Becoming An Adult Music Student

Posted by Brittens Team on

Becoming an Adult Music Student
Become an Adult Music Student at Brittens Music School in Tunbridge Wells

Do you have fond memories of when your school band put on a rock show in the assembly hall or when your school orchestra played for the Christmas concert? Were you too intimidated to learn an instrument because of the exam pressure or found the amount of practise required overwhelming?

Do you wish you had the opportunity to learn now?

As an adult, it can feel as though there are less opportunities available than there were when you were a child, especially when it comes to music. There are many misconceptions around learning an instrument as a mature student but hopefully we can set the record straight!

Firstly, your brain is not suddenly fully developed with no room left to grow once you turn 18. In fact, you can improve brain function at any age with the right training. Using brain scans to play an admittedly slightly more complicated version of 'spot the difference’, scientists have been able to determine that the corpus callosum (the big bundle of nerve fibres connecting both sides of the brain) is more prominent in musicians, regardless of what age they start learning. Yes, as a child you are capable of more powerful brain changes, however, learning music as an adult helps maintain brain function and prevent the possibility of functional decline.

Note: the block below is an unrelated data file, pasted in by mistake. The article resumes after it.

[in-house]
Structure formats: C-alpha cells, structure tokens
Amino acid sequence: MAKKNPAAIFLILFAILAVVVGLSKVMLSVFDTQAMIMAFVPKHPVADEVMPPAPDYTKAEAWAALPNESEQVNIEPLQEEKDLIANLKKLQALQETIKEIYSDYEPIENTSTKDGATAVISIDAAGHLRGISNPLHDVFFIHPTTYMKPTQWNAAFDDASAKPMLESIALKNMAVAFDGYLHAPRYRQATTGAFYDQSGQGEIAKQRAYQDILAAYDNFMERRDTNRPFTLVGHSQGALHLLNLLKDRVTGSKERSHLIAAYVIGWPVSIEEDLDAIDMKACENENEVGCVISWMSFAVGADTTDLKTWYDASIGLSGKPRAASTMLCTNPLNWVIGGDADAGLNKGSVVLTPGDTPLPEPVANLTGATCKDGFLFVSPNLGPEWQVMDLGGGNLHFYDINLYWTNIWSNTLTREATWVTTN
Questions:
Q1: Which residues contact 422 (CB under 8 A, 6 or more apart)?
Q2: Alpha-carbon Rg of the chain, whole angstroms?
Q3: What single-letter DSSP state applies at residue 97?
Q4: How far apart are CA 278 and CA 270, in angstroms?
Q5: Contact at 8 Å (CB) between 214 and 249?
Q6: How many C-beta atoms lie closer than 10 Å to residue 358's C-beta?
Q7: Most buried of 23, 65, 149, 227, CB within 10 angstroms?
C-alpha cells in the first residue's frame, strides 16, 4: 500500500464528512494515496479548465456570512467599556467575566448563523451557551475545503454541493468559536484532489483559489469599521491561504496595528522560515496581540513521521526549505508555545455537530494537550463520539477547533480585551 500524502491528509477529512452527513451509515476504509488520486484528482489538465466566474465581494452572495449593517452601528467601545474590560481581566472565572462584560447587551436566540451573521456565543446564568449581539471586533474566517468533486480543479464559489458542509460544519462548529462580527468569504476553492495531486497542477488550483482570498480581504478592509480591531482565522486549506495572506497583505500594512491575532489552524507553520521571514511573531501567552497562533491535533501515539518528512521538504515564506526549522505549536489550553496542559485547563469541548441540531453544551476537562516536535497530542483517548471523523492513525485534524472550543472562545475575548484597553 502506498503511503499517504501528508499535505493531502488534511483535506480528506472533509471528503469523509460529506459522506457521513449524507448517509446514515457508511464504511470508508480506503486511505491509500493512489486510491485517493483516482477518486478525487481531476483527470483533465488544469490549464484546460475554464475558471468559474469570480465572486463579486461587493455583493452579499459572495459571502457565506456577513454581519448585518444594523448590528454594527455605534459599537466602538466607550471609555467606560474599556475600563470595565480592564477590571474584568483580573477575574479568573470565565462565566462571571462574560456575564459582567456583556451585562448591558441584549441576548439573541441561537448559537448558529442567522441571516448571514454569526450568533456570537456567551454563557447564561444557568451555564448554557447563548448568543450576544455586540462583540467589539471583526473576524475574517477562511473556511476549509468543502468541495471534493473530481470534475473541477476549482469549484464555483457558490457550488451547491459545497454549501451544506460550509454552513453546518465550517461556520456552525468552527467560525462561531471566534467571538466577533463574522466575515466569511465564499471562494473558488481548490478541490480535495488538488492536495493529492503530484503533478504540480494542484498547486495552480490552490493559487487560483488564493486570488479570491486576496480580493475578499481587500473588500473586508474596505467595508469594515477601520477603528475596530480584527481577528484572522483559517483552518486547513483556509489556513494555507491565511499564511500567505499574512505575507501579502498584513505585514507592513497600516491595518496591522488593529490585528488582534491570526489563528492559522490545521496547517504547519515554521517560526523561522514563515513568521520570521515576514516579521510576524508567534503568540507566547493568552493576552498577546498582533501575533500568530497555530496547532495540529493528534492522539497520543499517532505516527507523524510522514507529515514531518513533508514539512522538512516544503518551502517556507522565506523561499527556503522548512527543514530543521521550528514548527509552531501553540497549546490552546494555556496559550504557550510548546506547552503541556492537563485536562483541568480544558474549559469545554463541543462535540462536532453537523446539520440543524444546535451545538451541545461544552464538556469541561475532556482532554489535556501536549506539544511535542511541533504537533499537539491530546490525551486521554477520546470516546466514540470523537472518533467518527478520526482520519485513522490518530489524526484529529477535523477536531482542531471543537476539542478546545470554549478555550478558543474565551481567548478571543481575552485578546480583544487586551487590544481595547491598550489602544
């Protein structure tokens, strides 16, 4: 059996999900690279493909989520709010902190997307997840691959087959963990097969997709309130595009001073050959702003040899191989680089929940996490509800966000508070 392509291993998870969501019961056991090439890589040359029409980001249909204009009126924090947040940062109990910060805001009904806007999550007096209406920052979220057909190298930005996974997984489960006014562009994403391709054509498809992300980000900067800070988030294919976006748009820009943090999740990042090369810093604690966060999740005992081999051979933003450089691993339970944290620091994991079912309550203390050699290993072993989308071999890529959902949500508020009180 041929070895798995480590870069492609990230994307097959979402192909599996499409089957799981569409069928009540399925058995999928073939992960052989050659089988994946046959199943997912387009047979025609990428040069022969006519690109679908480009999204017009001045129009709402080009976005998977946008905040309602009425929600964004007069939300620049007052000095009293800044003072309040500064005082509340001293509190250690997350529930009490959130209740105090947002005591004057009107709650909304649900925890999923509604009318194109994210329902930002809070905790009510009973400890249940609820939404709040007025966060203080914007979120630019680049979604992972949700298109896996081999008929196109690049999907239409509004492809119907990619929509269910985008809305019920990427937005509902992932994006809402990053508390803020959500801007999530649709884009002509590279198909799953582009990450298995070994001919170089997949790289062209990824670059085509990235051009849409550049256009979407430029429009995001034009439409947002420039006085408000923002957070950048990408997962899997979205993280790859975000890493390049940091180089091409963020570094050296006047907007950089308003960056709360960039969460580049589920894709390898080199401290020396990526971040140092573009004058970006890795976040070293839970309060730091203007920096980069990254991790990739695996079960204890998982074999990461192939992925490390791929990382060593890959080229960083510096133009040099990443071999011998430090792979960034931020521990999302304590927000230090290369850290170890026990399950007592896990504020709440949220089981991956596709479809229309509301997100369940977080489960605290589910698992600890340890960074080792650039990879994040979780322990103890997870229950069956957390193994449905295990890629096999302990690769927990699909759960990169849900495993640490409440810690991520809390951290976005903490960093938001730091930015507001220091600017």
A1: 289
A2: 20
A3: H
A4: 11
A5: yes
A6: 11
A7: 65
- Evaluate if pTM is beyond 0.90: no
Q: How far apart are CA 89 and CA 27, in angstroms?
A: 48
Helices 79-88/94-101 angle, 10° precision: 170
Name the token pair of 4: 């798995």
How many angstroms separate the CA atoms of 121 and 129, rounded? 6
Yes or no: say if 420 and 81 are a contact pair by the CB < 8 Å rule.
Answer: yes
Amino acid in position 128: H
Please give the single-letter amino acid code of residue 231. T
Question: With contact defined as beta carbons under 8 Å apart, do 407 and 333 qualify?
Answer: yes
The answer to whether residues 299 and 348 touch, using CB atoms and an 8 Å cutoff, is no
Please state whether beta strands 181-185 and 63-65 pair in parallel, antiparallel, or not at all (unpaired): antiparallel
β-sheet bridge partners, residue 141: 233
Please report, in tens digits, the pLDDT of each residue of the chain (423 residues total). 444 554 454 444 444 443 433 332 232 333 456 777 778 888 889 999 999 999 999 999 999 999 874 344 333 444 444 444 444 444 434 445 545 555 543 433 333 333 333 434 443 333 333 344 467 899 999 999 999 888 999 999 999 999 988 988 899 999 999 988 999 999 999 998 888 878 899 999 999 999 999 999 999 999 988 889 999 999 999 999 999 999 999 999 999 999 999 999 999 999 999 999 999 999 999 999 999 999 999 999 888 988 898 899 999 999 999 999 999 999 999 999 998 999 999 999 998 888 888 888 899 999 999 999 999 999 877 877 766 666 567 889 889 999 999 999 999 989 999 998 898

Musicians of all genres are not stuffy or pretentious – they just have more developed brains! Musical training leads to highly developed multi-sensory skills which means that musicians are better able to process numerous things at once. This is because playing music causes you to use a multitude of senses all at the same time in order to make sure tone, pace, accuracy and dynamics are correct.

Another benefit to becoming a musician as an adult is the social aspect. Learning an instrument gives you a new skill which allows you to connect on a different level with others who are doing the same thing and opens up opportunities to participate in this activity together. Practising and performing music in a group improves not only your music ability but your social skills. Using your new skill to perform with others allows you to connect with a whole new group of people you may never have interacted with previously.

It is never “too late” to learn an instrument and actually adults prove to be great learners as they have the benefit of time, motivation and discipline to pursue the instrument of their choice. Motivation is a powerful factor in driving your will to practice, improve and gain enjoyment from the instrument.

To enquire further or to express interest please email

Alternatively, if you're ready to jump straight in, visit our Music School page and find out which lessons we can offer you!

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